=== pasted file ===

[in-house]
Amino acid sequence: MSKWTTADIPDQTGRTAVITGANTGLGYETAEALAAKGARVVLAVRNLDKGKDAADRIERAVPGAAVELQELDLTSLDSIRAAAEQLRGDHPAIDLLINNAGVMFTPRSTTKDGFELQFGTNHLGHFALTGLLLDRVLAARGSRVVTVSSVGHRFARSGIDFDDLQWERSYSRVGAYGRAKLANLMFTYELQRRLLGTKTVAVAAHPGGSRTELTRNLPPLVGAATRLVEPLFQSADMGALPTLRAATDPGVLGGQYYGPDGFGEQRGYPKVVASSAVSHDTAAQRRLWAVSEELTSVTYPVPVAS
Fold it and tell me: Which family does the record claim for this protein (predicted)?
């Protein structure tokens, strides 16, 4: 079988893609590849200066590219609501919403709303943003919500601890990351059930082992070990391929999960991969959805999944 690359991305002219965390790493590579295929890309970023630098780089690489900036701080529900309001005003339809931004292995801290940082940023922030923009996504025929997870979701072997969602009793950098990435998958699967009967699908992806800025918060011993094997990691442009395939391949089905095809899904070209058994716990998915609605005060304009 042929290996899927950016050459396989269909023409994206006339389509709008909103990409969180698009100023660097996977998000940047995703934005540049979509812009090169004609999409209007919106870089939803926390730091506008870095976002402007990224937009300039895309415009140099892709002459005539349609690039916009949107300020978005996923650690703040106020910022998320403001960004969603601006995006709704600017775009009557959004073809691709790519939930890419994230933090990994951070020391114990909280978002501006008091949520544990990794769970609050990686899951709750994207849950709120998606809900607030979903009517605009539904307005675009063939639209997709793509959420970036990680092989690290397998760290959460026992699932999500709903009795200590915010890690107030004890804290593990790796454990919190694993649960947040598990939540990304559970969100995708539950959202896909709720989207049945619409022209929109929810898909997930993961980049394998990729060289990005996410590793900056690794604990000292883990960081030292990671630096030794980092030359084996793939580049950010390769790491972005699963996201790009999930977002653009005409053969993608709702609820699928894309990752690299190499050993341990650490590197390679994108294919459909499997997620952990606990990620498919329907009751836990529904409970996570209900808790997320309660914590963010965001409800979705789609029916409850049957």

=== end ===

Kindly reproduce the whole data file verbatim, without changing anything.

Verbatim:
[in-house]
Amino acid sequence: MSKWTTADIPDQTGRTAVITGANTGLGYETAEALAAKGARVVLAVRNLDKGKDAADRIERAVPGAAVELQELDLTSLDSIRAAAEQLRGDHPAIDLLINNAGVMFTPRSTTKDGFELQFGTNHLGHFALTGLLLDRVLAARGSRVVTVSSVGHRFARSGIDFDDLQWERSYSRVGAYGRAKLANLMFTYELQRRLLGTKTVAVAAHPGGSRTELTRNLPPLVGAATRLVEPLFQSADMGALPTLRAATDPGVLGGQYYGPDGFGEQRGYPKVVASSAVSHDTAAQRRLWAVSEELTSVTYPVPVAS
Fold it and tell me: Which family does the record claim for this protein (predicted)?
């Protein structure tokens, strides 16, 4: 079988893609590849200066590219609501919403709303943003919500601890990351059930082992070990391929999960991969959805999944 690359991305002219965390790493590579295929890309970023630098780089690489900036701080529900309001005003339809931004292995801290940082940023922030923009996504025929997870979701072997969602009793950098990435998958699967009967699908992806800025918060011993094997990691442009395939391949089905095809899904070209058994716990998915609605005060304009 042929290996899927950016050459396989269909023409994206006339389509709008909103990409969180698009100023660097996977998000940047995703934005540049979509812009090169004609999409209007919106870089939803926390730091506008870095976002402007990224937009300039895309415009140099892709002459005539349609690039916009949107300020978005996923650690703040106020910022998320403001960004969603601006995006709704600017775009009557959004073809691709790519939930890419994230933090990994951070020391114990909280978002501006008091949520544990990794769970609050990686899951709750994207849950709120998606809900607030979903009517605009539904307005675009063939639209997709793509959420970036990680092989690290397998760290959460026992699932999500709903009795200590915010890690107030004890804290593990790796454990919190694993649960947040598990939540990304559970969100995708539950959202896909709720989207049945619409022209929109929810898909997930993961980049394998990729060289990005996410590793900056690794604990000292883990960081030292990671630096030794980092030359084996793939580049950010390769790491972005699963996201790009999930977002653009005409053969993608709702609820699928894309990752690299190499050993341990650490590197390679994108294919459909499997997620952990606990990620498919329907009751836990529904409970996570209900808790997320309660914590963010965001409800979705789609029916409850049957």